One aspect of modern fascism that people do not want to face is that torture is part and parcel, on occasion, to dominating peoples through attacking key individuals and intimidating any resisters. In addition to the "War on Terror"'s systematic torture that emanated from Donald Rumsfeld and others at the top of our global fascist state, we see instances of torture and overwhelming intimidation domestically. It is nothing new, but each generation has to discover the reality hidden by corporate media and public education: Examples include "robocops" violating free speech in public areas, and policemen administering pepper spray directly into the eyes of nonviolent, immobile protesters. Both manifestations are on center stage today's mainstream news, at the Republican convention in New York City and on trial in federal court in San Francisco starting on September 7.
Politics, history and figures of Corporatism
The biggest recent indication that individuals can be swept aside in their collective exercise of will could be the 2000 U.S. election, where not only the popular vote did not matter for selecting the blatant corporatist president, tampering and interference as well as the Electoral College system assured the victor. It was finally not the Supreme Court as final arbiter — with its members' pro-corporate philosophy and its body of precedent-law maintaining corporate "rights" — but the U.S. Senate that subsequently chose to ratify the tainted results and non-election of the current occupant of the Oval Office. The "election" of George Bush was a watershed event in corporate rule's advance, when we look at the well-known, blatant corporate connections of the key individuals running the Executive Branch of federal government. Yet, the myth of American democracy keeps the opposition movement (most visibly led perhaps by film maker Michael Moore) from taking on the whole government as a dangerous, unaccountable corporate state. After all, Al Gore and John Kerry are corporatists too.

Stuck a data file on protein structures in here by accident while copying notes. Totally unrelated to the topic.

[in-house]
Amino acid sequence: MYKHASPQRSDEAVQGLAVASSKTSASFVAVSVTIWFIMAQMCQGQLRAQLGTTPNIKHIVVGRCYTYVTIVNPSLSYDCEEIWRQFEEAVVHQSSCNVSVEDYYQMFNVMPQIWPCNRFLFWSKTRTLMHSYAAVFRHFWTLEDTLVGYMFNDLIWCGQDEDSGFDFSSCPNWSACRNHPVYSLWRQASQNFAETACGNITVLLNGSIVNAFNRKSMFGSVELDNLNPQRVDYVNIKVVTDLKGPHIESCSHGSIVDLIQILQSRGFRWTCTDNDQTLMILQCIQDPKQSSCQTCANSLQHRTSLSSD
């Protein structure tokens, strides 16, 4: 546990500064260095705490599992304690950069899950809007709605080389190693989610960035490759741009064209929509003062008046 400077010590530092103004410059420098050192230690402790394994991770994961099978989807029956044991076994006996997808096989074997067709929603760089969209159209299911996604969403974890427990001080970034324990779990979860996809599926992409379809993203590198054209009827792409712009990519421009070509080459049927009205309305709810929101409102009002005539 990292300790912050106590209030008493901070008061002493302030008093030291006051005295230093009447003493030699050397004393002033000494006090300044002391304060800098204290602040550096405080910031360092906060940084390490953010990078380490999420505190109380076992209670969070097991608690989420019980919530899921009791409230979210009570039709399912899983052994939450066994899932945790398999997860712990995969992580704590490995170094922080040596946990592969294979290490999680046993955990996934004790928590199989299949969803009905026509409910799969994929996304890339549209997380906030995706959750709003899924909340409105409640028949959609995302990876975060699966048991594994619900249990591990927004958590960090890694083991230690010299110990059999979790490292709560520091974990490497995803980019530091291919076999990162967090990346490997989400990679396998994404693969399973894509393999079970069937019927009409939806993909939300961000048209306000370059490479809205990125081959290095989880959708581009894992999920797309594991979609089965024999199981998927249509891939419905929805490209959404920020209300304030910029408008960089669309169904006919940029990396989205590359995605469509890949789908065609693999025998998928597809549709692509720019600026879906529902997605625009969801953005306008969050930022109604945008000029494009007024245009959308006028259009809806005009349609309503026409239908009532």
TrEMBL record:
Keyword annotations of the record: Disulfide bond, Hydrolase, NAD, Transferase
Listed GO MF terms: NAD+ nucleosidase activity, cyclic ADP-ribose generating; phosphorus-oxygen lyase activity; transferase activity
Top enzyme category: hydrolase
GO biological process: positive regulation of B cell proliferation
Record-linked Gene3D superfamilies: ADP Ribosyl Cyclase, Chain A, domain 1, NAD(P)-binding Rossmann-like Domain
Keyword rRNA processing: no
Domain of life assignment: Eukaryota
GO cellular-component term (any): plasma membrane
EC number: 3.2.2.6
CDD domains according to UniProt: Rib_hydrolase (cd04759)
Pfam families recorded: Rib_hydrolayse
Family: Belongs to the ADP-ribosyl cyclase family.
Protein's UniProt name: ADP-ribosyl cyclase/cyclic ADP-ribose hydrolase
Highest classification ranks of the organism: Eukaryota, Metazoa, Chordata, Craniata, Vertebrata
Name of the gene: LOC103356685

The World Trade Organization's creation out of a General Agreement on Trade and Tariffs in the early 1990s represented a governmental takeover of almost every nation without a shooting war being fought. This is because the corporations' representatives had already taken over the largest national governments, especially the US, and had already fought a war amongst themselves called World War II. Despite the warning for all to see, corporate power was barely starting to flex its muscles and start expanding with World War II. It was the 1950s onward that saw rapid growth of global corporate markets, thanks to newly refined mind-control in the form of politically successful "public relations" and the influence of "Madison Avenue" that started to utilize television.